Neural transplantation (auto-adrenal, fetal nigral and fetal adrenal) in Parkinson's disease: The Mexican experience
Department of Neurosurgery, Centro Medico La Raza, Mexico City, Mexico.
DOI: 10.1016/S0079-6123(08)62649-7 In book: Progress in Brain Research, pp.593-602
This chapter examines neural transplantation in Parkinson's disease (PD). In the study described in the chapter, 34 male and 8 female PD patients were selected for surgery. They had at least 3 of the 4 major PD symptoms, a Unified Parkinsonism Rating Scale (UPRS) score of less than 120 points in the “off” condition, a 50% response to L-dopa treatment for at least 3 hours, and a respiratory restriction because of rigidity during “off” of less than 40%. Using the same surgical technique in all cases, 39 patients received grafts to the right caudate nucleus (CN) and 3 to the left caudate, because of right sided predominance of the disease. An Ommaya-like reservoir was placed in 15 patients for ventricular fluid sampling. The statistical analyses of the clinical data were done with the Student's paired t test, the Wilcoxon's test for paired samples, and Rankit's normal order statistics. Neuropsychological data were analyzed using the Mann–Whitney U-test. Biochemical data were analyzed using student's t-test, student's paired t-test, and the analysis of variance (ANOVA) test. Biochemical assessments led to the identification of a neurite outgrowth promoting activity (NOPA).
Available from: Rene Drucker-Colin
- "The techniques for transplanting fetal tissue have been, either open microsurgery (Madrazo et al., 1990; Molina et al., 1992) or stereotactic (Freed et al., 1990, 1992; Hitchcock et al., 1990; Lindvall et al., 1990). Fetal tissue in all cases was obtained from elective abortions (Table II). "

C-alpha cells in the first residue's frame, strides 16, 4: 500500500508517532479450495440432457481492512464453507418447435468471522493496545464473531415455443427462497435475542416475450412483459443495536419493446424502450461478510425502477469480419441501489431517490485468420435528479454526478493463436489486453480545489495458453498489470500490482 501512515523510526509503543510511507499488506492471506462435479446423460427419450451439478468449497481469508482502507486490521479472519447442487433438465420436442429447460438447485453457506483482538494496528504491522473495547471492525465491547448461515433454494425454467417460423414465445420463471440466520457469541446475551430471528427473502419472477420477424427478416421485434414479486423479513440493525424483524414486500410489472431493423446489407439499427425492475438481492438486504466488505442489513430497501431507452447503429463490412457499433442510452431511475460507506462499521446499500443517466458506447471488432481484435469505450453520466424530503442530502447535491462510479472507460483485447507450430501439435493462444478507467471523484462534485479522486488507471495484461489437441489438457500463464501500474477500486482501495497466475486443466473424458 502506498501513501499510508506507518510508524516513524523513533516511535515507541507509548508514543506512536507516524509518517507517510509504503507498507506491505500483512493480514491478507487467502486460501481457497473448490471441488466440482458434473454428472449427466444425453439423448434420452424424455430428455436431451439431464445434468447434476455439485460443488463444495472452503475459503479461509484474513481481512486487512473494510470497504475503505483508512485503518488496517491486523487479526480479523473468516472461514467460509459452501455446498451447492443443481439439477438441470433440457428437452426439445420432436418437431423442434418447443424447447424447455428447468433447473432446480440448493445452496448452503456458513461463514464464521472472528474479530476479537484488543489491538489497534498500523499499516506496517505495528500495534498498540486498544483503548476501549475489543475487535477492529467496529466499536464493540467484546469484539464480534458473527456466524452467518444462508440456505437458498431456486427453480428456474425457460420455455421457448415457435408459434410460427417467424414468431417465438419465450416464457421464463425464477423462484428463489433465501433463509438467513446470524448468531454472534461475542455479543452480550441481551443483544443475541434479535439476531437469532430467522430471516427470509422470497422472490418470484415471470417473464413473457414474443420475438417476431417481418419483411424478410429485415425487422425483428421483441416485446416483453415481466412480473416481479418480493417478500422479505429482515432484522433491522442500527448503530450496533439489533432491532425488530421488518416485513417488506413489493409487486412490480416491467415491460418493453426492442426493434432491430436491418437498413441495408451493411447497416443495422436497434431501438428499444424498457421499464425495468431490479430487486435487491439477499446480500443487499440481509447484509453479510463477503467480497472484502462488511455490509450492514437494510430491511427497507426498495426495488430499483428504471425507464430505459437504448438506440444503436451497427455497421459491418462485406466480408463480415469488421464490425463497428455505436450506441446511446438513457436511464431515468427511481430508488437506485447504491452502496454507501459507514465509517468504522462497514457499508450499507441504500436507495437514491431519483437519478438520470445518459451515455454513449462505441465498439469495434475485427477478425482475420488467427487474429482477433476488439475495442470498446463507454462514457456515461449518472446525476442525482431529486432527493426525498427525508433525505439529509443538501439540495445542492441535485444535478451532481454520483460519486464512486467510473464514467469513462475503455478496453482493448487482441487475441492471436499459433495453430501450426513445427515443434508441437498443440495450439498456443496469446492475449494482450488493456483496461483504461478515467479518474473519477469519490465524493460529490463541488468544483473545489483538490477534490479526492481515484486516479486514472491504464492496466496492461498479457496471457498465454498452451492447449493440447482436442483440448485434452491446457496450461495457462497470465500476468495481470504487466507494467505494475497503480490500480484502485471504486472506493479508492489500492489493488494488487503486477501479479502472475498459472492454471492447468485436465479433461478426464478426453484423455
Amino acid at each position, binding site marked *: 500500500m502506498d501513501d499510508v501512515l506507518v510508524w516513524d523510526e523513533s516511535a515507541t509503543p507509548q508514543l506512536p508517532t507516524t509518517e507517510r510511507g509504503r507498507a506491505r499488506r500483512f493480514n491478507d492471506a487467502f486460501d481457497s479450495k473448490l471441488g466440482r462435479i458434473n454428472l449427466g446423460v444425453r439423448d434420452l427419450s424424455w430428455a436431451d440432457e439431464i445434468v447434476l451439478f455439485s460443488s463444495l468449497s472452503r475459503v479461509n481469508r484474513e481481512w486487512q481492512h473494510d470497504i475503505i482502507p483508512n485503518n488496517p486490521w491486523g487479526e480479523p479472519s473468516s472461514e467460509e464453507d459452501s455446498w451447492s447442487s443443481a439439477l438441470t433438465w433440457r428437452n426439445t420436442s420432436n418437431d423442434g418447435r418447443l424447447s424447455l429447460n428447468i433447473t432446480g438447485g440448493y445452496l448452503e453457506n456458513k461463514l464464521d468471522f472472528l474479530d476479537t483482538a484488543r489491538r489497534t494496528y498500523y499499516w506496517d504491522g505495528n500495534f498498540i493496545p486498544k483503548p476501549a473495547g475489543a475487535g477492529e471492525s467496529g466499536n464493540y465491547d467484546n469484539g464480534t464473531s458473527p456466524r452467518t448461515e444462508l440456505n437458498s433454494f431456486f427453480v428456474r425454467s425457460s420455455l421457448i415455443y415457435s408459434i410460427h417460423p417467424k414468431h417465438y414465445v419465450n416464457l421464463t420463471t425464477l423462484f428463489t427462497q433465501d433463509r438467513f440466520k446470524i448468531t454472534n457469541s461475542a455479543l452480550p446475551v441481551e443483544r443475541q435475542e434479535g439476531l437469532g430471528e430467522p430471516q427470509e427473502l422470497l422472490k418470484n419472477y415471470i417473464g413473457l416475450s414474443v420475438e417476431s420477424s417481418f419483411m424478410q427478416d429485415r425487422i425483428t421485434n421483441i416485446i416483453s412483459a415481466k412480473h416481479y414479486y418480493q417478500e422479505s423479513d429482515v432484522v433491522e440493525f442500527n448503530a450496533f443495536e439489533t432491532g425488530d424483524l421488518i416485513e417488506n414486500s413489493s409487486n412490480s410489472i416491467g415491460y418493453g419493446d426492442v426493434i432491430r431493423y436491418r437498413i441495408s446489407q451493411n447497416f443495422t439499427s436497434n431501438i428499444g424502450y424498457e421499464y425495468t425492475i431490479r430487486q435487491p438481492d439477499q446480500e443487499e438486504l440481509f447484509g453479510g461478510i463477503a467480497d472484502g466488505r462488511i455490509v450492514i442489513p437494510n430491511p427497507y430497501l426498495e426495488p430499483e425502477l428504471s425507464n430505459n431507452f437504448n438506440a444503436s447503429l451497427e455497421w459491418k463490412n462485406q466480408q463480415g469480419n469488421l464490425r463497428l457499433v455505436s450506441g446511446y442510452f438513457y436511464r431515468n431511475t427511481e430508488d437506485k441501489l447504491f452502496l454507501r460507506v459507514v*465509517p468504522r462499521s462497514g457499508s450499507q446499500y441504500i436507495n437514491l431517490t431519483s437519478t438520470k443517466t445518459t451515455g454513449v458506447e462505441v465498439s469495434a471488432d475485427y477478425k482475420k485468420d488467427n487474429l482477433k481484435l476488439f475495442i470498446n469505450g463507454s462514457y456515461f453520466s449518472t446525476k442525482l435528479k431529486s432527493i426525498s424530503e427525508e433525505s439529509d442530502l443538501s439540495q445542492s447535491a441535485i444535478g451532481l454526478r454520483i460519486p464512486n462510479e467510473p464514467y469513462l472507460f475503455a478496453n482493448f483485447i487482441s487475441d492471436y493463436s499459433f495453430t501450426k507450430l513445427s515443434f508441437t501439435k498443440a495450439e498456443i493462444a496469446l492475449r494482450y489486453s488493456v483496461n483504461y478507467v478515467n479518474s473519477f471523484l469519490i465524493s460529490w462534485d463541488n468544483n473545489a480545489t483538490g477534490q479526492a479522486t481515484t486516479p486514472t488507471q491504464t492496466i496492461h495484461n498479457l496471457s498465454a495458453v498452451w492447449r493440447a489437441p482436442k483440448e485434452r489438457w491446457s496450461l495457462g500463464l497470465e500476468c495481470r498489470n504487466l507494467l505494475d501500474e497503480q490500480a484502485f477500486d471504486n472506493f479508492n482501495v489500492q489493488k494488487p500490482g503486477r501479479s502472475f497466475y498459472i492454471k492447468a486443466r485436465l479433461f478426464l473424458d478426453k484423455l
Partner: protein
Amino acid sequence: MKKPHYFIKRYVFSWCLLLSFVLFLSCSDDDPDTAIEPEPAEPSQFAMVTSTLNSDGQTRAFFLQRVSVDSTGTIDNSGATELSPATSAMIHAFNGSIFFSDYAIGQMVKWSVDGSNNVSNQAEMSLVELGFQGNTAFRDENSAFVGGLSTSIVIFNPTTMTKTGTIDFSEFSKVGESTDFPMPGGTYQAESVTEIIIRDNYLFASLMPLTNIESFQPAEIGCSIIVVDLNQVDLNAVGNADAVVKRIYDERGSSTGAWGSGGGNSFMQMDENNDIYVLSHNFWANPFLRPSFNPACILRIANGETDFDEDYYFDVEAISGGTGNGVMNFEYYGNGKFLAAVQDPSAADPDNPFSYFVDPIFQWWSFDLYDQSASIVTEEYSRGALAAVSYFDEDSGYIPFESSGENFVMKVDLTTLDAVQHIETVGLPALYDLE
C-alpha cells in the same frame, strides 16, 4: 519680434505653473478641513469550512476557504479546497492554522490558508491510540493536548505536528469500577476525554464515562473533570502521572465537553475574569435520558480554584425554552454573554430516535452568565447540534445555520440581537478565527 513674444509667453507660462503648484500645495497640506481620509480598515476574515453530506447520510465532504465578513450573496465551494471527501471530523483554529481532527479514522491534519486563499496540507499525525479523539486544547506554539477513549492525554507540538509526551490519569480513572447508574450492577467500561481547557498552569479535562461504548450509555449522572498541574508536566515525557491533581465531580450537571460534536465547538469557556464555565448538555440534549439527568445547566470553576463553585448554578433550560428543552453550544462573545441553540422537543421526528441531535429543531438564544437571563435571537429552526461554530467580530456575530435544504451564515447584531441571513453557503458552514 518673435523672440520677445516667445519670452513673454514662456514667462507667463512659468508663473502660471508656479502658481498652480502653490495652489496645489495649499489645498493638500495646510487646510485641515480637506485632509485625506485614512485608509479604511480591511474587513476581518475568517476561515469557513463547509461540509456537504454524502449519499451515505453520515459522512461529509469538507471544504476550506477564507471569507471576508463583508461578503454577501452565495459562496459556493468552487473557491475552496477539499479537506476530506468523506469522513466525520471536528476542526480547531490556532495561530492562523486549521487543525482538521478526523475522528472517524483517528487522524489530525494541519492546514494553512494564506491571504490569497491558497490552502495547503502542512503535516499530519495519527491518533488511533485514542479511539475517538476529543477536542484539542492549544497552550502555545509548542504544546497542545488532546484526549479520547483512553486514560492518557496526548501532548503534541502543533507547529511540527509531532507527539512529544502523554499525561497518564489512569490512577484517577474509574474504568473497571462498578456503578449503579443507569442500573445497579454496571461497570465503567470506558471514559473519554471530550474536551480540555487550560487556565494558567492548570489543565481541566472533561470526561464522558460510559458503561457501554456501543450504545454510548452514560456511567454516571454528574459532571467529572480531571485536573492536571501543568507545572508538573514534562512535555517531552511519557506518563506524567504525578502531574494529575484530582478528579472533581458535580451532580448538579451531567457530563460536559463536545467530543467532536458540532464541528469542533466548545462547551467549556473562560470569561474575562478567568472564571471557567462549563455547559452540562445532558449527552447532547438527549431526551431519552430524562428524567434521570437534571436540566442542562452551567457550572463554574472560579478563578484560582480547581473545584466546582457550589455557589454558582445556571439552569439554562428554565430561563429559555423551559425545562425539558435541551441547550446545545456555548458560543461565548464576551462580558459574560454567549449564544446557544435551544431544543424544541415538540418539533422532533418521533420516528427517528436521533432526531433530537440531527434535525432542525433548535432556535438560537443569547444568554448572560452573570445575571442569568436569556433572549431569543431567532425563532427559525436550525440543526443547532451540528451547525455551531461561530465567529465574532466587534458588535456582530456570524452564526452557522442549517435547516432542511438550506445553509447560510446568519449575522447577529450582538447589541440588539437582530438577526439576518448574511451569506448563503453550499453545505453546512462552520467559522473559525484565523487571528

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ABSTRACT: 1. Parkinson's disease (PD) is a neurodegenerative disorder caused by the loss of neurons in the substantia nigra pars compacta and a striatal deficiency of dopamine. PD typically affects people in late middle age and progresses slowly. In the early stages of the disease, treatment targeting the dopaminergic network is effective. However, with disease progression, transplantation is an option for repairing and replacing missing dopaminergic neurons. 2. In this review, we evaluate the tissue grafts and cellular therapies that have and are being considered. Clinical trials were originally derived from transplants of adrenal medullary chromaffin cells and embryonic nigral dopaminergic neurons in patients with PD. 3. Recently, novel molecular and cellular treatments are being utilized in animals and these include embryonic stem cells, fetal cells from pigs, or transfected cells. In spite of new molecular techniques and some 20 years of experience, the transplantation therapy for PD has today the same problems and results as the first reports which used neural fetal tissue or adrenal grafts.
Cellular and Molecular Neurobiology 07/2004; 24(3):301-16. DOI:10.1023/B:CEMN.0000022764.94760.3f · 2.51 Impact Factor
Available from: bmj.com
BMJ Clinical Research 10/1990; DOI:10.1136/bmj.301.6756.873-c · 14.09 Impact Factor
Available from: Kevin Peter Hanretty
BMJ Clinical Research 10/1990; DOI:10.1136/bmj.301.6756.874 · 14.09 Impact Factor
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